Symphony Hall Concert Leaves Musical Memories
Boston College music lovers packed prestigious Symphony Hall on Saturday to hear four of the University’s student ensembles at a concert held as part of the BC Sesquicentennial celebration.
The University Chorale, Boston College Symphony Orchestra, BC bOp! and the University Wind Ensemble performed at the event, which featured a rendition by the Chorale and Symphony Orchestra of Aaron Copland’s “A Lincoln Portrait” that was narrated by actor Chris O’Donnell ’92.
Student musicians felt fortunate to not only help mark a major in milestone in BC history, but also to do so in what is regarded as one of the finest concert venues in the world. Of course, the magnitude of the event did make for a few butterflies in a stomach or two, such as for University Wind Ensemble flutist Katelyn Jeffreys, a senior math major from North Massapequa, NY.
“In the hours leading up to going on stage, particularly while watching the Symphony Orchestra and Chorale perform, I was quite nervous,” she said. “It was important to our conductor [Sebastian Bonaiuto] and the Wind Ensemble as a whole that we perform the best quality music possible during such an important event for Boston College. However, once we were on stage playing the first few notes of 'Symphonic Dances from West Side Story,’ those nerves disappeared. At that point, it felt like just another performance.”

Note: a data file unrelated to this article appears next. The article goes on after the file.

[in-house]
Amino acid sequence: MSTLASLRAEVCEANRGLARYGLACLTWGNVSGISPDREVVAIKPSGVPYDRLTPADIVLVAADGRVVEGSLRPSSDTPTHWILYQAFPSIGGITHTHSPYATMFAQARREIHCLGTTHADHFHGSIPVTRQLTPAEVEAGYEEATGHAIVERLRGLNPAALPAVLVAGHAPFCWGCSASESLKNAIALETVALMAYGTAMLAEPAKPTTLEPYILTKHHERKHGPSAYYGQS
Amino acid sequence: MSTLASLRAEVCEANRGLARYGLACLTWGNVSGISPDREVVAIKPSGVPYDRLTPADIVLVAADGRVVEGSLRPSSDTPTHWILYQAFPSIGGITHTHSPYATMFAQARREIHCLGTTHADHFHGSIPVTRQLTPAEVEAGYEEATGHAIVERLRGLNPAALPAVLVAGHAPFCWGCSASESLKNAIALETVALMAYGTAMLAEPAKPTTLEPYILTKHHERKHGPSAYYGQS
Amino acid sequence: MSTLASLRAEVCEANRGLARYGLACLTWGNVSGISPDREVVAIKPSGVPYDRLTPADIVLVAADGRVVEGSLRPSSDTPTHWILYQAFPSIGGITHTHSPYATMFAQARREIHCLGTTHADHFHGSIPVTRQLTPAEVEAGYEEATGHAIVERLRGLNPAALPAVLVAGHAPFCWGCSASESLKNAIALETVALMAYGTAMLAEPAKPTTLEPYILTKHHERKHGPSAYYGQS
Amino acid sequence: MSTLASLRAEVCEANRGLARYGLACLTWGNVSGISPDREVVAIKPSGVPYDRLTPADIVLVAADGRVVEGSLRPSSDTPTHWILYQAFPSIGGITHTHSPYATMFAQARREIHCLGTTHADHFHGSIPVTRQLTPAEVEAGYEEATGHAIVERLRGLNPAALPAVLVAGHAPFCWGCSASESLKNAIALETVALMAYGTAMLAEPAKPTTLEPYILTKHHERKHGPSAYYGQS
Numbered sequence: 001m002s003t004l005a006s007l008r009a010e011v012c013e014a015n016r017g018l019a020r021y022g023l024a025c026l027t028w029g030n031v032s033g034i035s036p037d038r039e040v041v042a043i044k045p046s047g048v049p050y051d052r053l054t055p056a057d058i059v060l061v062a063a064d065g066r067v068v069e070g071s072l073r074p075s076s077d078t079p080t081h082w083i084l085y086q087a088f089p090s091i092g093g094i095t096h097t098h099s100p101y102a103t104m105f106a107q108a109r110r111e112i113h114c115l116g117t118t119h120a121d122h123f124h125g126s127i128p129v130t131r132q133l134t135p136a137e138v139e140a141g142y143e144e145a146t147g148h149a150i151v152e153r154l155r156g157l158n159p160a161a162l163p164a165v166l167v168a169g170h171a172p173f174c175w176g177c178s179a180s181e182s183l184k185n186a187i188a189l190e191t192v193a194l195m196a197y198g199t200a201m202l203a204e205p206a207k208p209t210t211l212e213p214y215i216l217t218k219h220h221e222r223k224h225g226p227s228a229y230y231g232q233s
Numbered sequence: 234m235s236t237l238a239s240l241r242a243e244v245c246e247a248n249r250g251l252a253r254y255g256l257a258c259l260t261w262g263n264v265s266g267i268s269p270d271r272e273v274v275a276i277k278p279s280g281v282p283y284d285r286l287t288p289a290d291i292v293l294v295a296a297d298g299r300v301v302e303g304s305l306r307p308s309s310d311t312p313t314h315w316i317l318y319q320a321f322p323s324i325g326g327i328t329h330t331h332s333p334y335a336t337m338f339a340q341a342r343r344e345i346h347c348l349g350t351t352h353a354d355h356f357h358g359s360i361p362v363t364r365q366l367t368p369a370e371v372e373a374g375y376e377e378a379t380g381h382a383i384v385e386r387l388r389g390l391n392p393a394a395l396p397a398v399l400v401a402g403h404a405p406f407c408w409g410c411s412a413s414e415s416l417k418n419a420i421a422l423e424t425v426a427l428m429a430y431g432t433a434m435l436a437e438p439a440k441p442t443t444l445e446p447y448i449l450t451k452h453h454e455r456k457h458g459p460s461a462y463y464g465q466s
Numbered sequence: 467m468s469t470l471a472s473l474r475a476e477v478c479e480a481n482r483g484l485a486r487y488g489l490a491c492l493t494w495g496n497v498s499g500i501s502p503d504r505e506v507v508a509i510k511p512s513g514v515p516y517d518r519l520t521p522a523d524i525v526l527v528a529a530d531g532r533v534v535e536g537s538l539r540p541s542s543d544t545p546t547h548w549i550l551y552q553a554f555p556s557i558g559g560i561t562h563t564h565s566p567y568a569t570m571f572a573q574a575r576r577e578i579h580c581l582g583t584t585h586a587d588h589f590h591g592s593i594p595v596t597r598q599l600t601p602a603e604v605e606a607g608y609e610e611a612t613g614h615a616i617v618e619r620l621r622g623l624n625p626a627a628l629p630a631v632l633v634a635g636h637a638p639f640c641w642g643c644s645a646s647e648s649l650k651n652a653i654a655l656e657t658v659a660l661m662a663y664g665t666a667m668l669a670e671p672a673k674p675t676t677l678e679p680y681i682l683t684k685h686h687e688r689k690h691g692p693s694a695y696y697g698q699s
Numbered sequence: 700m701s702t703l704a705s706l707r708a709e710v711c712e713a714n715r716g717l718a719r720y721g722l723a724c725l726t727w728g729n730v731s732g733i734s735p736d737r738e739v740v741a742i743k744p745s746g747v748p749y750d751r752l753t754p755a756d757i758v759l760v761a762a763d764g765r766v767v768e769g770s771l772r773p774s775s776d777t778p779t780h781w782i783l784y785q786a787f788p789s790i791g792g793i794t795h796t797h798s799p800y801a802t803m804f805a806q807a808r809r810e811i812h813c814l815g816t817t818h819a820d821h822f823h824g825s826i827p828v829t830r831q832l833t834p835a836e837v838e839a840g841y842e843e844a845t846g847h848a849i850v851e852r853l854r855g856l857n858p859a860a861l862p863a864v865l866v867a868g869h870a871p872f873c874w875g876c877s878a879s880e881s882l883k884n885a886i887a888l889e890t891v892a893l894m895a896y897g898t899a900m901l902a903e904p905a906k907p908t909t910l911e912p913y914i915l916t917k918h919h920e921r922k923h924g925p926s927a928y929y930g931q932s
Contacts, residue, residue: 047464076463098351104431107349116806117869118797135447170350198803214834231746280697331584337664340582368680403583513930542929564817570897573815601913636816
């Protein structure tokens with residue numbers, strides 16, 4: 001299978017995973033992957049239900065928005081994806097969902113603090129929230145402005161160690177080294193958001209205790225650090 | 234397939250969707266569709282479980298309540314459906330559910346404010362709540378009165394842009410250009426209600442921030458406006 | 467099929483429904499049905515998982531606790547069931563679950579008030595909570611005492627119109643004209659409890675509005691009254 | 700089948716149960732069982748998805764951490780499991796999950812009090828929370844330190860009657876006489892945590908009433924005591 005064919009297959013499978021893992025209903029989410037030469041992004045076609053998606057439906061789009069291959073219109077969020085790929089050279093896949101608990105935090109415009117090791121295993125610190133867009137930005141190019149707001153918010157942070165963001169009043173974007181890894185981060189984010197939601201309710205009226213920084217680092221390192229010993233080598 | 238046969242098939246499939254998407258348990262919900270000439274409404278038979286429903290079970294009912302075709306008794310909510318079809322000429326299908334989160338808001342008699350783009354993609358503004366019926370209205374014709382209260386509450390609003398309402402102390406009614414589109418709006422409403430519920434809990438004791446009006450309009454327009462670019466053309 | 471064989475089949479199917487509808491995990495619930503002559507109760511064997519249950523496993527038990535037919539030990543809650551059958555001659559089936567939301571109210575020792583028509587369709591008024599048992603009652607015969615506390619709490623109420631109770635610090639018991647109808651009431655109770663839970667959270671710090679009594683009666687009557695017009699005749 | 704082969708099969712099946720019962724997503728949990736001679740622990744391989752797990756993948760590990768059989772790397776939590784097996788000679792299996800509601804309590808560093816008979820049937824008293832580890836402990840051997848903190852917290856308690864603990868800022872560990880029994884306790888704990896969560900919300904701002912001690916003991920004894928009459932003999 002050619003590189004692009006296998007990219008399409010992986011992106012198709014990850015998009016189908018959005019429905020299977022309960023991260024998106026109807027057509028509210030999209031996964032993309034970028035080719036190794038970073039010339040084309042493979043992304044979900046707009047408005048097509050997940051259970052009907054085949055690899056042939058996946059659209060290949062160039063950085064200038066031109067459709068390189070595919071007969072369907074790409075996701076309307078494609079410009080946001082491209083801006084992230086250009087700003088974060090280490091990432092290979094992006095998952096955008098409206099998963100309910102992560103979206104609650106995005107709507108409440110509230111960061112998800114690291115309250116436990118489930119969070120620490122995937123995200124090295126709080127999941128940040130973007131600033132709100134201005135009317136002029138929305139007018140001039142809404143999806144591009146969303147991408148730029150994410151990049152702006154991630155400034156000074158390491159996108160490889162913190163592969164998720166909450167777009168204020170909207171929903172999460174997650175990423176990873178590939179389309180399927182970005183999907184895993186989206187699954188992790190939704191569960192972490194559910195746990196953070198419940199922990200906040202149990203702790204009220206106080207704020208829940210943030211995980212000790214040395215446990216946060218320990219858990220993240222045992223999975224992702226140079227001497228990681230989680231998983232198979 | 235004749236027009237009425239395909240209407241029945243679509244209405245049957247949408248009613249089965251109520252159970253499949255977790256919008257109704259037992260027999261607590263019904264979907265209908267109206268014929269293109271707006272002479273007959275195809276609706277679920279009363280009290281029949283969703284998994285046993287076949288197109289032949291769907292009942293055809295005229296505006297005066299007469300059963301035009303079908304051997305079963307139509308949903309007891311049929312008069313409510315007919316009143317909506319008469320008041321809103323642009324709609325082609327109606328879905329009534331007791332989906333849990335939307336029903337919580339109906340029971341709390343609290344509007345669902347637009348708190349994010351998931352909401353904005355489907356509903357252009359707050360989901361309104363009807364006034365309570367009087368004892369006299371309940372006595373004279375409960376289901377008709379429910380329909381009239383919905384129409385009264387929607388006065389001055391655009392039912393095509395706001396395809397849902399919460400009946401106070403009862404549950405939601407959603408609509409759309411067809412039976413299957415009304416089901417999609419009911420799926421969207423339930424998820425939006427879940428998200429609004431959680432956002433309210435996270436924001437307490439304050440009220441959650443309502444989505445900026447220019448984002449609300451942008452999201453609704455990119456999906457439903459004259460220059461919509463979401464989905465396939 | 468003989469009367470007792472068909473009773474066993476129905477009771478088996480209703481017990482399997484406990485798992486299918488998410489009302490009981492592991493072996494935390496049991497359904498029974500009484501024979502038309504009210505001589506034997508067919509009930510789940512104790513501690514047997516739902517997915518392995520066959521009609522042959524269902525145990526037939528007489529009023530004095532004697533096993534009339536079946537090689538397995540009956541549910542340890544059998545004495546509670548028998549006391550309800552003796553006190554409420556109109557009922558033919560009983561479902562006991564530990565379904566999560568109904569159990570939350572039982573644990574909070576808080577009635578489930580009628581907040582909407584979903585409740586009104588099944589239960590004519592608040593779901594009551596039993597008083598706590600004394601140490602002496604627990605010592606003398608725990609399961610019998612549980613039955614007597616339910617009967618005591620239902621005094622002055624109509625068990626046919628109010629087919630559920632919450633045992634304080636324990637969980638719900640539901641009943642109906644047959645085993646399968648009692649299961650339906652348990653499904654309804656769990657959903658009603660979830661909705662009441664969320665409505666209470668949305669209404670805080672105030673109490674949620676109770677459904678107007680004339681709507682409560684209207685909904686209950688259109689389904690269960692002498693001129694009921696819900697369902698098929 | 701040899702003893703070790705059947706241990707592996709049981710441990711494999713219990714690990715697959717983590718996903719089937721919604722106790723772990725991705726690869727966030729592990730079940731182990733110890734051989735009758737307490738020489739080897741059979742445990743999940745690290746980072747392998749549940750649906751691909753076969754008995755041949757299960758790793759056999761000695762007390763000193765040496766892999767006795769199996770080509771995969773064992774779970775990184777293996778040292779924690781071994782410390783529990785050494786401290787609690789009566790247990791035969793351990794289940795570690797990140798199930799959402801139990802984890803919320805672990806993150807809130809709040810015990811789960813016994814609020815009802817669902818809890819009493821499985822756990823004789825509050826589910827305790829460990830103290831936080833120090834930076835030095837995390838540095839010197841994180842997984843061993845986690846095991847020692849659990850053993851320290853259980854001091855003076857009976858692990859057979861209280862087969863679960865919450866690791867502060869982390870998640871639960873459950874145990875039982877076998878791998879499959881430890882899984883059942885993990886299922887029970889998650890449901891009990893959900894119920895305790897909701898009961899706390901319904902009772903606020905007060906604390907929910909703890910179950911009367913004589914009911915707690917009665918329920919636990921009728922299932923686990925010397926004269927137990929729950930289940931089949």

Even senior Patrick Andrea, a saxophonist with BC bOp! who had already played at Symphony Hall prior to Saturday’s concert, felt some pins and needles.
“I did not think I would be a big deal, but as it got closer to the time that we went on stage, I did get a little bit nervous,” said Andrea, an accounting and information systems major from Norfolk, Mass. “The crowd was probably one of the biggest that I have ever played in front of. Having the opportunity to play in front of such a big crowd in such a distinguished venue is something that I will never forget.”
In the end, Andrea and Jeffreys were able to appreciate both the magnitude and artistic dimensions of the event. Andrea said he was moved when the audience stood up and began singing along to the Wind Ensemble’s playing of “For Boston.” Jeffreys recalled how one piece by the Wind Ensemble ended “with a lingering ring” in the hall: “Not only is that a rare sound to hear, but it is even rarer, and incredibly satisfying, to create it.”
John Finney, director of the University Chorale and Symphony Orchestra, got a special treat after the event, when University Chorale alumni threw him a surprise reception — complete with a group serenade of the Chorale’s signature piece “Tollite Hostias” — to mark Finney’s 20th year, as well as the Chorale’s 100th anniversary.